The Red Badge of Courage
How we cite our quotes:
He discovered that he had a scorching thirst. His face was so dry and grimy that he thought he could feel his skin crackle. Each bone of his body had an ache in it, and seemingly threatened to break with each movement. His feet were like two sores. Also, his body was calling for food. It was more powerful than a direct hunger. There was a dull, weight-like feeling in his stomach, and, when he tried to walk, his head swayed and he tottered. He could not see with distinctness. Small patches of green mist floated before his vision (11.21).
Suffering is very much a part of Henry’s growth in Red Badge. He learns from his pain, as it drives him to reflect and later to act.
The youth reflected. He had been used to regarding his comrade as a blatant child with an audacity grown from his inexperience, thoughtless, headstrong, jealous, and filled with a tinsel courage. A swaggering babe accustomed to strut in his own dooryard. The youth wondered where had been born these new eyes; when his comrade had made the great discovery that there were many men who would refuse to be subjected by him. Apparently, the other had now climbed a peak of wisdom from which he could perceive himself as a very wee thing. And the youth saw that ever after it would be easier to live in his friend's neighborhood (14.14).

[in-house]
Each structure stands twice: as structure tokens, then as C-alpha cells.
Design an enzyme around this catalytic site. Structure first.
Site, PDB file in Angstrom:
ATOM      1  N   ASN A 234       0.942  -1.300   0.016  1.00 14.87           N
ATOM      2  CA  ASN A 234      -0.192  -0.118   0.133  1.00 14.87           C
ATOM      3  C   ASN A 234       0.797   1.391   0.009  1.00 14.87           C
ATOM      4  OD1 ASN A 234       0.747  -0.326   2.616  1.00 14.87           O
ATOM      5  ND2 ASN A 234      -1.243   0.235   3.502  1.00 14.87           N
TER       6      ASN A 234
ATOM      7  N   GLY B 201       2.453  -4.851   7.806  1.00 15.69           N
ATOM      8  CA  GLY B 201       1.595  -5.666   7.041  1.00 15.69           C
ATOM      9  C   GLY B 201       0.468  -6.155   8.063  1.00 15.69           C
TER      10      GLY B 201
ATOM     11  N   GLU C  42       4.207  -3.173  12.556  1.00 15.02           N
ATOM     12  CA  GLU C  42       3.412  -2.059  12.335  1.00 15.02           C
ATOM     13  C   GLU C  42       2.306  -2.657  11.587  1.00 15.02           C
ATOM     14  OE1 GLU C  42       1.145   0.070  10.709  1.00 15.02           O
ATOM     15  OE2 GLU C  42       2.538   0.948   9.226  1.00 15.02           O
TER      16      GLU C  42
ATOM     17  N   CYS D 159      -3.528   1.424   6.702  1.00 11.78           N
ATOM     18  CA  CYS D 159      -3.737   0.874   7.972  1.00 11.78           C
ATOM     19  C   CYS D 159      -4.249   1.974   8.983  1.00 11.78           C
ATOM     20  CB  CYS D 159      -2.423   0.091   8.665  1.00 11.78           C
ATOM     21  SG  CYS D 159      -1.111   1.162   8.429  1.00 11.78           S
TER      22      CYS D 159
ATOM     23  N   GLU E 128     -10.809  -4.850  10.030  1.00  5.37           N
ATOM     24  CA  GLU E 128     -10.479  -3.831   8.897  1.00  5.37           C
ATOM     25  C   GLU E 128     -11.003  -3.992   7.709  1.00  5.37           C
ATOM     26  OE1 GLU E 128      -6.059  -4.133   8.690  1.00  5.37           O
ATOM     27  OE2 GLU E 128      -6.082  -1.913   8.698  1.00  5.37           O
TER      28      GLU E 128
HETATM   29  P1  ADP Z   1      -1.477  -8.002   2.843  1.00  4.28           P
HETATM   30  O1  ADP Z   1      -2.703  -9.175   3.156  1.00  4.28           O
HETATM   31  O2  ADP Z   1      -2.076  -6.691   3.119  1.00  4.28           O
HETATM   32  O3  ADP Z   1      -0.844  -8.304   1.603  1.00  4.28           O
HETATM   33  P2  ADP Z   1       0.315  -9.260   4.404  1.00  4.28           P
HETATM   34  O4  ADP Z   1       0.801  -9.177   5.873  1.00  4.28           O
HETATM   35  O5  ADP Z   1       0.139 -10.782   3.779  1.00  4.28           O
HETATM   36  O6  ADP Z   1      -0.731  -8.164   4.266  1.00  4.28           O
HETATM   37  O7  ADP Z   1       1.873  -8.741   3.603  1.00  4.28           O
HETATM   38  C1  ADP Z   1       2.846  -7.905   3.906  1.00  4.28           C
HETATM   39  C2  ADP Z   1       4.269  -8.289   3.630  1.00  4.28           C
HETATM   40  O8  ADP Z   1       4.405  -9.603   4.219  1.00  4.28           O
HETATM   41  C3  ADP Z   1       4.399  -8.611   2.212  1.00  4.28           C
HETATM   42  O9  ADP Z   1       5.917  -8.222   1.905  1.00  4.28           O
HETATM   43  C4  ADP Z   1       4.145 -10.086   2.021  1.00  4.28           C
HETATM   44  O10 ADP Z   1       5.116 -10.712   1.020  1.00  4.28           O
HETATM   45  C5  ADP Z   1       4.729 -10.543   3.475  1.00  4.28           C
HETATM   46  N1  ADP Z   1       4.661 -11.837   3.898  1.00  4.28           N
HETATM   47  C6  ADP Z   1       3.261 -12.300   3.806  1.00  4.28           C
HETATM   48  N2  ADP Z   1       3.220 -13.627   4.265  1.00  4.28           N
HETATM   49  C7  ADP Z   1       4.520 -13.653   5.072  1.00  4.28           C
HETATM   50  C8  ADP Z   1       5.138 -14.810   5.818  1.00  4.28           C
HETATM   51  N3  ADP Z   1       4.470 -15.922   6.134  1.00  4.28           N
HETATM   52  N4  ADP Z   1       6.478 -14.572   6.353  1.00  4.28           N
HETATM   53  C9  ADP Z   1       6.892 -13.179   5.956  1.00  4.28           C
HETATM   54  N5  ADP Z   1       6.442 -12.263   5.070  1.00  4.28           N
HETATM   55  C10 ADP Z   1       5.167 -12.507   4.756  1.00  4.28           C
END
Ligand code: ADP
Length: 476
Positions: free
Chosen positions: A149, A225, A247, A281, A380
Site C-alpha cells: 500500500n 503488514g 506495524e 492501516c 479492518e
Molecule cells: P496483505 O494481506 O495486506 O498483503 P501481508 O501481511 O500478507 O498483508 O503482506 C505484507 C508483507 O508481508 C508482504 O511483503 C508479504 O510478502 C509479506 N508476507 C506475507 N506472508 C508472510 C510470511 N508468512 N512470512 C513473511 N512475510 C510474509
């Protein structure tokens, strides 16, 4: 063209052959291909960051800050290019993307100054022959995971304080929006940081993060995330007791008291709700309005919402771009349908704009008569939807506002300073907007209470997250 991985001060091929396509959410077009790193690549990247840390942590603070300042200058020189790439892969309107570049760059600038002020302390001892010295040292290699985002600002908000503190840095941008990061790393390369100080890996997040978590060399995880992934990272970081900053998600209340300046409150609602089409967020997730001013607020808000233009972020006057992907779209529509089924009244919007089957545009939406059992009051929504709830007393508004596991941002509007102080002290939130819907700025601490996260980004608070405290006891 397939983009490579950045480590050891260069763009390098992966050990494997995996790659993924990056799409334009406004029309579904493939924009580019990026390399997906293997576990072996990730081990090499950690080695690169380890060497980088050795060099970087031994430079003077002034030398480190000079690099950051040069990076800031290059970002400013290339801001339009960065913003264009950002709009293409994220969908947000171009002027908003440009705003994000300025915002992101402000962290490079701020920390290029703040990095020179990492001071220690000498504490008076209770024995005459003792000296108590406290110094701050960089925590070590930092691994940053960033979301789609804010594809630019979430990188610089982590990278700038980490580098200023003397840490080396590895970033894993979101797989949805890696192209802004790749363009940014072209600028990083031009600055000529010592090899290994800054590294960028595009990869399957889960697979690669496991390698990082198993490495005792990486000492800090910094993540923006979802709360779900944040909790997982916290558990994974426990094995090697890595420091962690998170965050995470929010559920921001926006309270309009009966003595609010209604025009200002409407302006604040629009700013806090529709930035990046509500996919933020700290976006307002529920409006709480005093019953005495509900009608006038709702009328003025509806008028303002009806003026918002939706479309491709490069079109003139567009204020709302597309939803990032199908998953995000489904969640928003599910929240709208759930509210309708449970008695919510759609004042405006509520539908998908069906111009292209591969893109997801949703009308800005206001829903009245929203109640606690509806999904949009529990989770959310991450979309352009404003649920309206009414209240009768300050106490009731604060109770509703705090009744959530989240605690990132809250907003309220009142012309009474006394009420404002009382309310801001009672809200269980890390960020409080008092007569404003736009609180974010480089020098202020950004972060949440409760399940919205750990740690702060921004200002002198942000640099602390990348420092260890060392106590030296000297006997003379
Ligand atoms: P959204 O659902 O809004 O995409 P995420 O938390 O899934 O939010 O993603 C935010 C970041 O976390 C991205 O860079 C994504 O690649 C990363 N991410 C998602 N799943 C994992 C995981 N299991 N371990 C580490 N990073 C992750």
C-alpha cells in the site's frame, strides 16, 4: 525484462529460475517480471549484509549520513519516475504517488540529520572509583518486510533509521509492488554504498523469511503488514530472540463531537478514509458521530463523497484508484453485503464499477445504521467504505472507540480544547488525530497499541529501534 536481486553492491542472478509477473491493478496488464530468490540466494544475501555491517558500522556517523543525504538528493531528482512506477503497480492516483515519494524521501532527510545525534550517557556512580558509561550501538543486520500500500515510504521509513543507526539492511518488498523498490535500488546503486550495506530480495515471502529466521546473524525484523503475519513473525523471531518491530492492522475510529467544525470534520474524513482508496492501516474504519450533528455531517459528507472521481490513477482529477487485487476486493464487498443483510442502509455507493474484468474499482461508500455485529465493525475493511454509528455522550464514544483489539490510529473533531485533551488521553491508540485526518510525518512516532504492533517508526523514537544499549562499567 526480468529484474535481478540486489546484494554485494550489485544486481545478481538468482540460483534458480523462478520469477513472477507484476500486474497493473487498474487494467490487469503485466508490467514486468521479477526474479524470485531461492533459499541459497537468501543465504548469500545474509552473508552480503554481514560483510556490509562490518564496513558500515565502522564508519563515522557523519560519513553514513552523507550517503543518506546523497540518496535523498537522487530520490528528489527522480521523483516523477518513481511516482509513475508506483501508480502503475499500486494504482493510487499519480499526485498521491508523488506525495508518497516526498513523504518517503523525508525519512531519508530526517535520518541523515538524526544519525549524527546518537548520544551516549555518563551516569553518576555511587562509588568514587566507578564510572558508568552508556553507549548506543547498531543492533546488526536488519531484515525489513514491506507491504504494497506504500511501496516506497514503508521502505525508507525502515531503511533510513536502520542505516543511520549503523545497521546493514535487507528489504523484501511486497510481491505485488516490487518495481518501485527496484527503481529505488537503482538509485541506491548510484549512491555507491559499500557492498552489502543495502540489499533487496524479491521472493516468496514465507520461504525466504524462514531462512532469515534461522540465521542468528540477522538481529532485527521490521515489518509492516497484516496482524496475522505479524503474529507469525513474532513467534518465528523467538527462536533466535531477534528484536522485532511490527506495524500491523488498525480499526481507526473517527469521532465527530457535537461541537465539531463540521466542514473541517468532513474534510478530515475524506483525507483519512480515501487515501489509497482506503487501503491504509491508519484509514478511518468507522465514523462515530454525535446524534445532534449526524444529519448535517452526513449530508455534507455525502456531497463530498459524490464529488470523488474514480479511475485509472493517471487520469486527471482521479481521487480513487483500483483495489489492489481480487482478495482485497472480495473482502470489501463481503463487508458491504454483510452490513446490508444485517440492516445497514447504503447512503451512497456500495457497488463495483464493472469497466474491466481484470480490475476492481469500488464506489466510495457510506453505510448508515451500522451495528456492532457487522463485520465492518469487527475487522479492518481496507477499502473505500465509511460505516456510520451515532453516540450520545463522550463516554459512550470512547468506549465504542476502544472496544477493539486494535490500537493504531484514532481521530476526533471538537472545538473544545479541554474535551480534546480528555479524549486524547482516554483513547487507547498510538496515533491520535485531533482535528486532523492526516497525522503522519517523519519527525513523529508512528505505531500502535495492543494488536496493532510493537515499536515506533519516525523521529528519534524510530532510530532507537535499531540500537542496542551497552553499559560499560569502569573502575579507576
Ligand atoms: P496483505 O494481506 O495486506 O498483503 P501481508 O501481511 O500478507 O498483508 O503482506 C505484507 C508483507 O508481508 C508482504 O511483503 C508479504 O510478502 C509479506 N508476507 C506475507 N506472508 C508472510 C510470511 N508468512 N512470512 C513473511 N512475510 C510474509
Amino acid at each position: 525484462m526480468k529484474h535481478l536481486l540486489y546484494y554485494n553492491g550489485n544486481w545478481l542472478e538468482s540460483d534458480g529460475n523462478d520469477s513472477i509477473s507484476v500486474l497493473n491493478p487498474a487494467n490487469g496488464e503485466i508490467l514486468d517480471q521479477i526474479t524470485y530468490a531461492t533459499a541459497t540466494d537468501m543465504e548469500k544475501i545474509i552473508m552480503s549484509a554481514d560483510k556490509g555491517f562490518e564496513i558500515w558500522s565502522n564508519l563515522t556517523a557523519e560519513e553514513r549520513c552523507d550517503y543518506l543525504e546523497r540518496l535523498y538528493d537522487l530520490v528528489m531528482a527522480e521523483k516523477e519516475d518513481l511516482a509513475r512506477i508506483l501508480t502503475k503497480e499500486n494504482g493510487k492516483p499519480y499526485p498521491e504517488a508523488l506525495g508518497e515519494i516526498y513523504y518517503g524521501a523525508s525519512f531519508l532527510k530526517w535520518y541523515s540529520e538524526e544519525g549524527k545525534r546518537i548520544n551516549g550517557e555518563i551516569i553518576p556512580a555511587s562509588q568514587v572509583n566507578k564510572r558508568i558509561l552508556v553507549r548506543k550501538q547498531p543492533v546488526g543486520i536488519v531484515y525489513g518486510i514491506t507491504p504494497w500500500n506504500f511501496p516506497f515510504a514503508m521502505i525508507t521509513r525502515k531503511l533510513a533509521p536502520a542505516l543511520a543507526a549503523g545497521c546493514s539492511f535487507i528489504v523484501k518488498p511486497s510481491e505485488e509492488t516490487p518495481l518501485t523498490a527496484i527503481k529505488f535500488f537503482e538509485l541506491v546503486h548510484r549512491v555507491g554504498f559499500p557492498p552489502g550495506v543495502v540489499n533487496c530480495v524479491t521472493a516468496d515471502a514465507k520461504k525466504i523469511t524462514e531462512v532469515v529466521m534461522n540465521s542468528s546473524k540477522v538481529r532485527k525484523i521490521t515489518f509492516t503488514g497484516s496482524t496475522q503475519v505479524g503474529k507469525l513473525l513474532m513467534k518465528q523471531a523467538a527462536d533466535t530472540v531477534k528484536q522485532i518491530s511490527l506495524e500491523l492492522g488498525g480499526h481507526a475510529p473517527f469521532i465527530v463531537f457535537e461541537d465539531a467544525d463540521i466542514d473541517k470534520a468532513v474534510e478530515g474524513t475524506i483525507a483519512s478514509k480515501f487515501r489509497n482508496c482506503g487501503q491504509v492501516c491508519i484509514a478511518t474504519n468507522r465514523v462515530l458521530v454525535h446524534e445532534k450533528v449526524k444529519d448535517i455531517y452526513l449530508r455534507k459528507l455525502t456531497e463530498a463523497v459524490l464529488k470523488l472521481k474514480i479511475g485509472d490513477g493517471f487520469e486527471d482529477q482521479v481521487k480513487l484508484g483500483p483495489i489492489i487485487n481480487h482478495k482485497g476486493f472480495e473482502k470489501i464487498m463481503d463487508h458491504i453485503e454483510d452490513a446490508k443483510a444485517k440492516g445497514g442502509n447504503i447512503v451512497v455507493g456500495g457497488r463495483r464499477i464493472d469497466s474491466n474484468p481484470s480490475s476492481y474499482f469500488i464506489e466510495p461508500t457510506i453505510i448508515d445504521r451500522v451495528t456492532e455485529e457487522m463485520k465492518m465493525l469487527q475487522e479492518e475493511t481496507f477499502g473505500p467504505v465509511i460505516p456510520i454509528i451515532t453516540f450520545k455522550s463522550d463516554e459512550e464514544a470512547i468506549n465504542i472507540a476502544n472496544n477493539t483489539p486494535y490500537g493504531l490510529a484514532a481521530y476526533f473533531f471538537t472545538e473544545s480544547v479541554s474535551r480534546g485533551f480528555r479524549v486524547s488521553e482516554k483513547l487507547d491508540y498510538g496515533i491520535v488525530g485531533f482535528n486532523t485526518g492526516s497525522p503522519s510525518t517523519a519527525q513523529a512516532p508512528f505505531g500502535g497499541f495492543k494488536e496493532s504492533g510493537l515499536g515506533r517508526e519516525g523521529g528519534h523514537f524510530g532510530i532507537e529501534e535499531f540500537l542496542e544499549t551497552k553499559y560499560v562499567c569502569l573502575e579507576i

Henry sees that Wilson has become a "man." This transformation anticipates Henry’s own growth and change over the next ten chapters.
He had been a tremendous figure, no doubt. By this struggle he had overcome obstacles which he had admitted to be mountains. They had fallen like paper peaks, and he was now what he called a hero. And he had not been aware of the process. He had slept, and, awakening, found himself a knight (17.23).
Henry’s transformation is ultimately not a conscious one. Can he be held responsible for it?